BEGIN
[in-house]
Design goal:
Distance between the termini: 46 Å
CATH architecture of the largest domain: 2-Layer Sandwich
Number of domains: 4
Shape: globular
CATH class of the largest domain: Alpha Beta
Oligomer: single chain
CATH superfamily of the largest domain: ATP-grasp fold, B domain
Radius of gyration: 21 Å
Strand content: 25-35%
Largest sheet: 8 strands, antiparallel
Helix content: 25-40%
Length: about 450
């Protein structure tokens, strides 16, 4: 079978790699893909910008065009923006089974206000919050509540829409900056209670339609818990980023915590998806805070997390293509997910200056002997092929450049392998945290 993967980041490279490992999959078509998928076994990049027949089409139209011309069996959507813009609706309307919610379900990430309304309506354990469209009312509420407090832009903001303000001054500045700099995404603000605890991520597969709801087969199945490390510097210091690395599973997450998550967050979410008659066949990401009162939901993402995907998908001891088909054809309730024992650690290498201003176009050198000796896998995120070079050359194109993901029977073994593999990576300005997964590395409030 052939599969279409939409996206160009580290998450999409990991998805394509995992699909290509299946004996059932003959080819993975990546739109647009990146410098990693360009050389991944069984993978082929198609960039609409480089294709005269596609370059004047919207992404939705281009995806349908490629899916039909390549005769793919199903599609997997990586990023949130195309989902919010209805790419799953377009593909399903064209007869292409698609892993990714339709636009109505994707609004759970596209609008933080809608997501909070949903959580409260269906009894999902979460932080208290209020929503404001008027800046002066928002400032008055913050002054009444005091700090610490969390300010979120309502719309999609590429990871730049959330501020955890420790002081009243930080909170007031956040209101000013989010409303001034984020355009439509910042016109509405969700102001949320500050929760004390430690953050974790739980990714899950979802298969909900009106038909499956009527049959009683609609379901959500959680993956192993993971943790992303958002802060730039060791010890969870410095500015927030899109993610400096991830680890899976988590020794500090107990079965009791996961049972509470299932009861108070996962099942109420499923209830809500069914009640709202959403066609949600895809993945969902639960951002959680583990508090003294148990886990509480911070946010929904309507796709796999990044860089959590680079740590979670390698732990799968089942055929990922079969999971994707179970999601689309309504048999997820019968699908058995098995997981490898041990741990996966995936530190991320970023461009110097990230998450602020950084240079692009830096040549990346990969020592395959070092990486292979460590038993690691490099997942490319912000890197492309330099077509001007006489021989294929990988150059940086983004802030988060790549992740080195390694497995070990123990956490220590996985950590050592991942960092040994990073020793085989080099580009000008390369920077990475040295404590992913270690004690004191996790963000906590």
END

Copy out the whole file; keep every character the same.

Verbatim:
[in-house]
Design goal:
Distance between the termini: 46 Å
CATH architecture of the largest domain: 2-Layer Sandwich
Number of domains: 4
Shape: globular
CATH class of the largest domain: Alpha Beta
Oligomer: single chain
CATH superfamily of the largest domain: ATP-grasp fold, B domain
Radius of gyration: 21 Å
Strand content: 25-35%
Largest sheet: 8 strands, antiparallel
Helix content: 25-40%
Length: about 450
């Protein structure tokens, strides 16, 4: 079978790699893909910008065009923006089974206000919050509540829409900056209670339609818990980023915590998806805070997390293509997910200056002997092929450049392998945290 993967980041490279490992999959078509998928076994990049027949089409139209011309069996959507813009609706309307919610379900990430309304309506354990469209009312509420407090832009903001303000001054500045700099995404603000605890991520597969709801087969199945490390510097210091690395599973997450998550967050979410008659066949990401009162939901993402995907998908001891088909054809309730024992650690290498201003176009050198000796896998995120070079050359194109993901029977073994593999990576300005997964590395409030 052939599969279409939409996206160009580290998450999409990991998805394509995992699909290509299946004996059932003959080819993975990546739109647009990146410098990693360009050389991944069984993978082929198609960039609409480089294709005269596609370059004047919207992404939705281009995806349908490629899916039909390549005769793919199903599609997997990586990023949130195309989902919010209805790419799953377009593909399903064209007869292409698609892993990714339709636009109505994707609004759970596209609008933080809608997501909070949903959580409260269906009894999902979460932080208290209020929503404001008027800046002066928002400032008055913050002054009444005091700090610490969390300010979120309502719309999609590429990871730049959330501020955890420790002081009243930080909170007031956040209101000013989010409303001034984020355009439509910042016109509405969700102001949320500050929760004390430690953050974790739980990714899950979802298969909900009106038909499956009527049959009683609609379901959500959680993956192993993971943790992303958002802060730039060791010890969870410095500015927030899109993610400096991830680890899976988590020794500090107990079965009791996961049972509470299932009861108070996962099942109420499923209830809500069914009640709202959403066609949600895809993945969902639960951002959680583990508090003294148990886990509480911070946010929904309507796709796999990044860089959590680079740590979670390698732990799968089942055929990922079969999971994707179970999601689309309504048999997820019968699908058995098995997981490898041990741990996966995936530190991320970023461009110097990230998450602020950084240079692009830096040549990346990969020592395959070092990486292979460590038993690691490099997942490319912000890197492309330099077509001007006489021989294929990988150059940086983004802030988060790549992740080195390694497995070990123990956490220590996985950590050592991942960092040994990073020793085989080099580009000008390369920077990475040295404590992913270690004690004191996790963000906590």